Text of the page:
14 ways to travel the world without leaving your sofa
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Have you been stuck inside for weeks? Us too.
Though some destinations are cautiously lifting travel restrictions and people are learning to navigate a new version of normal, it’s safe to say this Memorial Day weekend — typically one of the biggest weekends for travel of the year — will look a little different.
If you’re staying home this holiday weekend, it’s a great time to start planning your next real-life adventure. And, in the meantime, we rounded up some of our favorite ways to travel the world without leaving the comfort of your home. So, break out your comfiest sweats and buckle up for your next virtual trip.
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Celebrate summer at Stonehenge
Stonehenge boasts some of the most popular summer solstice celebrations on Earth, a magical event you’ll just have to see to believe. And while you probably won’t be able to visit in person this year, the show must still go on.
You’ll be able to livestream the summer solstice at Stonehenge this summer. Just tune in to the English Heritage Facebook account, where they’ll be broadcasting the sunset on June 20 at 9:26 p.m. BST and sunrise on June 21 at 4:52 a.m. BST. They’ll be live for at least 30 minutes before sunrise and sunset — and no matter where you are in the world, you can join in on the fun.
Discover a museum
Iconic museums from the Guggenheim in New York City to the Louvre in Paris are available through Google Arts & Culture, a platform that allows you to take digital tours of some of the world’s most famous museums. You can browse through all the available museums, and even see some of the most famous pieces of art up close. Historic sites, such as the Palace of Versailles, are also available to tour through Google. The best part? Access is 100% free.
If you want something that sparks your inner child (or keeps your actual children occupied), you’re in luck. The Children’s Museum of Houston is sharing do-it-yourself experiments, as well as activities and behind-the-scenes exhibit content on YouTube, Instagram and Twitter. You can make a cardboard kazoo, listen to story time and even learn about how the water cycle works. This is a surefire way to pass the time if you’ve found yourself suddenly homeschooling your kids.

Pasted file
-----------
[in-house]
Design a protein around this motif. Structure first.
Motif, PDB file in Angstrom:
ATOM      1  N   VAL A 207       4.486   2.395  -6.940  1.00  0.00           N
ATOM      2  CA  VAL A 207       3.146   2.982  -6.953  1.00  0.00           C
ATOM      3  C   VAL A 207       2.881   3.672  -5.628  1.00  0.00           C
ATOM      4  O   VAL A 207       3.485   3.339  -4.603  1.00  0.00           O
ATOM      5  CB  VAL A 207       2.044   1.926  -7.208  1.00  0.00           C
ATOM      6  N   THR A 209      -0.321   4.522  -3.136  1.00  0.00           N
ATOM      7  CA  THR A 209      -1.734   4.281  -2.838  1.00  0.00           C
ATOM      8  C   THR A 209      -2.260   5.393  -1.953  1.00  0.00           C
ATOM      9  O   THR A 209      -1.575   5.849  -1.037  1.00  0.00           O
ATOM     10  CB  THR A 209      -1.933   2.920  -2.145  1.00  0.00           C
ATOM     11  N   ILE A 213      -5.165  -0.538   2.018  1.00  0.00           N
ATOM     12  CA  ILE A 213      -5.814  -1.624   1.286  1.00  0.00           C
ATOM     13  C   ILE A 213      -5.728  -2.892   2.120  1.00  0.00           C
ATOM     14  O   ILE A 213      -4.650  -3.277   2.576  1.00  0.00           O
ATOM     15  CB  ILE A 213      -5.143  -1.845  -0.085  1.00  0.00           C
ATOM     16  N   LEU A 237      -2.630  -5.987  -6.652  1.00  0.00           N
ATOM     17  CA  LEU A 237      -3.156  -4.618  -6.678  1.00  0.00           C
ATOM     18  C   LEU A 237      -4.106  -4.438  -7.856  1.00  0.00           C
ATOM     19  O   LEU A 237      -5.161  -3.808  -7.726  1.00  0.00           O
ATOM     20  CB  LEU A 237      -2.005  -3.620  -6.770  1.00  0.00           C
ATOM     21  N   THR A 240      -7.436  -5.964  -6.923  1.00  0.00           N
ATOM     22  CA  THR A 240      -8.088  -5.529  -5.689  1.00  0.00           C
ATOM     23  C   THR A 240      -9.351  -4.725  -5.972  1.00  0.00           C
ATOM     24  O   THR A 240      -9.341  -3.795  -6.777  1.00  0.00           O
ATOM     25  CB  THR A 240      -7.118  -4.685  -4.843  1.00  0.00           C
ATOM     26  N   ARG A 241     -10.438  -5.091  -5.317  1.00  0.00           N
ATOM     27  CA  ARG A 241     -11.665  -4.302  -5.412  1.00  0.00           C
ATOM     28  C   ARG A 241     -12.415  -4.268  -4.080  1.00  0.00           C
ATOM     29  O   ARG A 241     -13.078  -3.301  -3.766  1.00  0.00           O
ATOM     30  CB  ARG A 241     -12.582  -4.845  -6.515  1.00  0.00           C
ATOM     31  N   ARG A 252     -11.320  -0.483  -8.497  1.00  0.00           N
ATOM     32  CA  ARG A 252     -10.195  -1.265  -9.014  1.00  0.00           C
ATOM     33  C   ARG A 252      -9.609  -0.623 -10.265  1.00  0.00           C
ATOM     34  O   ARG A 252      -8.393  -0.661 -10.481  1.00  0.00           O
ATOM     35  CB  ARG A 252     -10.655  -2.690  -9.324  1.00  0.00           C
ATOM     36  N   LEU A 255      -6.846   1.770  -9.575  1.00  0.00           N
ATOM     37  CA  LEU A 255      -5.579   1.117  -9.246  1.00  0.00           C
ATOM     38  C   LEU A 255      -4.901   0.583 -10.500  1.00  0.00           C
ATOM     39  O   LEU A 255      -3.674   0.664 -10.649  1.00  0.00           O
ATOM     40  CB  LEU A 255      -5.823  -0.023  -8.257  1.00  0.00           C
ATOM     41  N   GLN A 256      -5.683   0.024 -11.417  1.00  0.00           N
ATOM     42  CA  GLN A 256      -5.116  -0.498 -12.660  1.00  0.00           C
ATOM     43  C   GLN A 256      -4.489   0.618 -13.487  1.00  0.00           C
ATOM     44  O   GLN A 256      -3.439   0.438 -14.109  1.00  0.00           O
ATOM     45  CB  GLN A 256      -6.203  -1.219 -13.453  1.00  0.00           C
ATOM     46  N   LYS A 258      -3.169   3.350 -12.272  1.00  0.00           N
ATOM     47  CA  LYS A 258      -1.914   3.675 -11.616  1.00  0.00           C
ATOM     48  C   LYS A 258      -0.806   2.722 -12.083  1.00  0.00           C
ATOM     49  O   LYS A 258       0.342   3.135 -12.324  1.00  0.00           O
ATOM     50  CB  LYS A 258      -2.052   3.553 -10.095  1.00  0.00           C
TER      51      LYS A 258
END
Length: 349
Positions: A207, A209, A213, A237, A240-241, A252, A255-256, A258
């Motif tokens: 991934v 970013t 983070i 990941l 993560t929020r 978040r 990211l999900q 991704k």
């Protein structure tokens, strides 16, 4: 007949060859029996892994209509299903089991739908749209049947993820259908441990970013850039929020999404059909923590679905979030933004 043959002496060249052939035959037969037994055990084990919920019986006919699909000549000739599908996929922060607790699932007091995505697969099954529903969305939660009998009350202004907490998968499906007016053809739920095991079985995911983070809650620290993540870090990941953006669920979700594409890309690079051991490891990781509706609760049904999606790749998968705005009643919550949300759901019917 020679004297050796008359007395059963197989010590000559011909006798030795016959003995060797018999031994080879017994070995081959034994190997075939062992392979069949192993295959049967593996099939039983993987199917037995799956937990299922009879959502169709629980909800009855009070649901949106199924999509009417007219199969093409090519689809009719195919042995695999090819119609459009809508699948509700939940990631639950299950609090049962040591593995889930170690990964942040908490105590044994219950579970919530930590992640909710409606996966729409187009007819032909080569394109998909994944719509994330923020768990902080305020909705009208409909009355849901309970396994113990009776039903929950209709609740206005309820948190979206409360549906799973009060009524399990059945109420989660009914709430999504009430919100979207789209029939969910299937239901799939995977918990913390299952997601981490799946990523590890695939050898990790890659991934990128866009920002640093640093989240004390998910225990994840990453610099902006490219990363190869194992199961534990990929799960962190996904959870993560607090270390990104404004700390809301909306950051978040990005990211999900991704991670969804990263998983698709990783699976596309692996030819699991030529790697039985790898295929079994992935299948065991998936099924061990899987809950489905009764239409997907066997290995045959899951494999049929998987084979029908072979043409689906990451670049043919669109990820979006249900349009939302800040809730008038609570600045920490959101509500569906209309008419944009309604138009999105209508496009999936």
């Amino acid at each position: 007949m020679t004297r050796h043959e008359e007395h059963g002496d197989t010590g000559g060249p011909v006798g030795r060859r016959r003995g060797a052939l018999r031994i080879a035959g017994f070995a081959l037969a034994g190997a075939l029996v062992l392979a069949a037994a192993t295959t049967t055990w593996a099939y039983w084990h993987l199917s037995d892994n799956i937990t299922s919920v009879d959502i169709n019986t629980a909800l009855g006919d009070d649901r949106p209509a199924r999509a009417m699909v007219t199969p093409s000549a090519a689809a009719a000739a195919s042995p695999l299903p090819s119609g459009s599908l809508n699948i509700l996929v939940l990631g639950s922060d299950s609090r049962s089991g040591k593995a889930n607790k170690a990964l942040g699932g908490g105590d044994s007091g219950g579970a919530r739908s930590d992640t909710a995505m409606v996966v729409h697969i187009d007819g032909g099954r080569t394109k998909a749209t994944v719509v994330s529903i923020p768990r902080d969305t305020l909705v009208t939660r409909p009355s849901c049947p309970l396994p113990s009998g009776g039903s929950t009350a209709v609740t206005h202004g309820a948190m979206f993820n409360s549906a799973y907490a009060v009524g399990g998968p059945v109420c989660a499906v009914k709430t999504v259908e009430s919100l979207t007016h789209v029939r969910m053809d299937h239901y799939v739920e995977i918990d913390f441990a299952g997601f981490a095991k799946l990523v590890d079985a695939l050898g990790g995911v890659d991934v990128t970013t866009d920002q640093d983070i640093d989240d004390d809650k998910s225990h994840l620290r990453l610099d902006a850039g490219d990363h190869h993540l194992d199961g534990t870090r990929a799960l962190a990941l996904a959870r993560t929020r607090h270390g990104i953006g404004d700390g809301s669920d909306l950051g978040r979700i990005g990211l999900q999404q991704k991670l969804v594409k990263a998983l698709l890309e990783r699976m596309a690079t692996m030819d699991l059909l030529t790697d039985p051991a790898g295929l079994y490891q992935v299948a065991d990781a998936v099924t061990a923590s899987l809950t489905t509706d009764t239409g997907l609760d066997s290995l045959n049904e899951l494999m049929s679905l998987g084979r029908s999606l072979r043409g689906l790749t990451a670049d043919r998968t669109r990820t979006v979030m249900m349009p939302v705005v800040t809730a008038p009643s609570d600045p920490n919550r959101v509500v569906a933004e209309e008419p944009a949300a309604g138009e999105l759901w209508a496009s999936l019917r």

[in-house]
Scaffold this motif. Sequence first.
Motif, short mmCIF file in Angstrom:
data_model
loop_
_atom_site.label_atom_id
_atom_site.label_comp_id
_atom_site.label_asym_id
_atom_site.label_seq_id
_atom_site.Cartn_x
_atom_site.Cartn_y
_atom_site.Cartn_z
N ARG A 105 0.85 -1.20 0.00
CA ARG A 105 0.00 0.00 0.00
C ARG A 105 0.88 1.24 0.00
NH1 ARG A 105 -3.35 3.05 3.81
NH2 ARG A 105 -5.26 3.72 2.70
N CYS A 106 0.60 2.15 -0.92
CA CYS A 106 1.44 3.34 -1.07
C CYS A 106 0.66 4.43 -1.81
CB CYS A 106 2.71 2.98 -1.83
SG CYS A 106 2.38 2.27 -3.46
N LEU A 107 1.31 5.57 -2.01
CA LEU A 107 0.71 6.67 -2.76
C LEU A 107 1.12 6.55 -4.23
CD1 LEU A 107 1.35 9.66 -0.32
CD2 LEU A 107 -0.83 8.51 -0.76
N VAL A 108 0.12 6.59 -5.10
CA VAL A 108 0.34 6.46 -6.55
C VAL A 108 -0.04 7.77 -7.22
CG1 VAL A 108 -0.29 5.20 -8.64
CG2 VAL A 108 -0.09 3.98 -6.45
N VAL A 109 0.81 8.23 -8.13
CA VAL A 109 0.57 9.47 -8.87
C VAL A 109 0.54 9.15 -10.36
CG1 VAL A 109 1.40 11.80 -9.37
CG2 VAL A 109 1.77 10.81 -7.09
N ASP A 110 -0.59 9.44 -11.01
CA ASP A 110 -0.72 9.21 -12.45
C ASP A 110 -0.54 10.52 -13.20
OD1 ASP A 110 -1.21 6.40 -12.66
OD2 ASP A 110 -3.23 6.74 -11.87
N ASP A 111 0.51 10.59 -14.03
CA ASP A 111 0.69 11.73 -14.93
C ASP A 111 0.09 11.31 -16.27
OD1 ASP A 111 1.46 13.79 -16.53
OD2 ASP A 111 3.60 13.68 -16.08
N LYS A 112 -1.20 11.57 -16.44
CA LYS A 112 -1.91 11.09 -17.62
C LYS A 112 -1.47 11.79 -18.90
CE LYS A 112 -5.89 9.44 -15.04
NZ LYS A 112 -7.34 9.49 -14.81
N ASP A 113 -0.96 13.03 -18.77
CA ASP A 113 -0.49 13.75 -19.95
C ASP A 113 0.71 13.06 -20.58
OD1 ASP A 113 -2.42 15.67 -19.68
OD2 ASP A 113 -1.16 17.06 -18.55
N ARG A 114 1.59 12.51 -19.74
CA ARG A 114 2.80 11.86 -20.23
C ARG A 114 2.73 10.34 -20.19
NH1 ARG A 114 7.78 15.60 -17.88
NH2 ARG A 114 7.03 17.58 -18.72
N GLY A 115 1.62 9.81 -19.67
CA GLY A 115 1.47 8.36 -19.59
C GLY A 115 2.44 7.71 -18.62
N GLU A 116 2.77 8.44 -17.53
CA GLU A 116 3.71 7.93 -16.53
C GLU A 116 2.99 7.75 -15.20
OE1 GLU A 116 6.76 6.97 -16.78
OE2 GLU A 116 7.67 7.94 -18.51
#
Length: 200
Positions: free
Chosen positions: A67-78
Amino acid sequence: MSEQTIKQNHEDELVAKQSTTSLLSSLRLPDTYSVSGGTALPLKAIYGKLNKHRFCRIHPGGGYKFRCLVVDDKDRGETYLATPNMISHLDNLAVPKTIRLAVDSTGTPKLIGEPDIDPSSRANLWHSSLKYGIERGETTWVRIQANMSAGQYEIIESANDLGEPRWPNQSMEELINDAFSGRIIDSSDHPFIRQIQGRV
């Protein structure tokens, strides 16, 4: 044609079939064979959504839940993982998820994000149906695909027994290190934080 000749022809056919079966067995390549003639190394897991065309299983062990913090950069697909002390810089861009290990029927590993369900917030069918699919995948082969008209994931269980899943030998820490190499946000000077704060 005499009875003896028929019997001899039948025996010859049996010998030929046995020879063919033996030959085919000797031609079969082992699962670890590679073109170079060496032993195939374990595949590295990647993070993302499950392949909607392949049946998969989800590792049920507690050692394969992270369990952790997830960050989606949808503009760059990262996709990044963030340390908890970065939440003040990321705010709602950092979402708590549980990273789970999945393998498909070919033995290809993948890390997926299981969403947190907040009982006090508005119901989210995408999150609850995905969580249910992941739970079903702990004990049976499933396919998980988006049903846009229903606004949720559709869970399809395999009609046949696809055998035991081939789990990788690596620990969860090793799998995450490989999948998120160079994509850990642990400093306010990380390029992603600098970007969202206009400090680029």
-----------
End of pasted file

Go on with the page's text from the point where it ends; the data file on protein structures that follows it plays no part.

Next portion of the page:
Take a cooking class
Is there anything better than having a home-cooked meal from an Italian grandma? We don’t think so. While Italy will start to reopen to tourists in early June, you can still get your fix of some incredible Italian cooking before your next trip there, whenever it may be.
Nonna Nerina, an 84-year-old Italian grandmother in Palombara Sabina, Italy, has set up a virtual cooking class on Airbnb Experiences. Here, she’ll virtually teach you how to make Italian classics such as ravioli, gnocchi and fettuccine. Just note that she only teaches classes on weekends; the weekday classes are taught by her granddaughter. Plus, if you enter your email, you can get 25% off the class for a limited time. Better yet, the classes are on sale, too. For example, her class usually costs $100 but is just $60 right now.
Go on a ride at Disney
The magic isn’t over just because most Disney parks remain closed. You can stream virtual Disney rides from parks around the world, from Florida to France, in the comfort of your own home. How’s that for a bargain on a Disney vacation?
Explore parks and attractions
Take a trip to the great outdoors from, well, indoors. You can virtually explore national parks and famous attractions around the country, all courtesy of Google Arts & Culture. Think: the Statue of Liberty, Mount Rushmore, the Grand Canyon, Yellowstone National Park and Alcatraz Island. Better yet, they’re all accessible for free and you won’t have to wait in a single line.
Google Earth can even help you enjoy the cherry blossom blooms around the world, though the season has passed. From the Meguro River Cherry Blossoms Promenade in Tokyo to the Tidal Basin in Washington, D.C., there’s something for everyone here. You could easily spend hours taking virtual tours.
Visit a botanic garden
A handful of botanic gardens around the country are also offering virtual tours for travelers to enjoy. The indoor conservatory at the United States Botanic Garden in Washington, D.C., for example, is temporarily closed to the public. In the meantime, though, you can take a virtual tour of the gardens and soak in all of the beautiful scenery.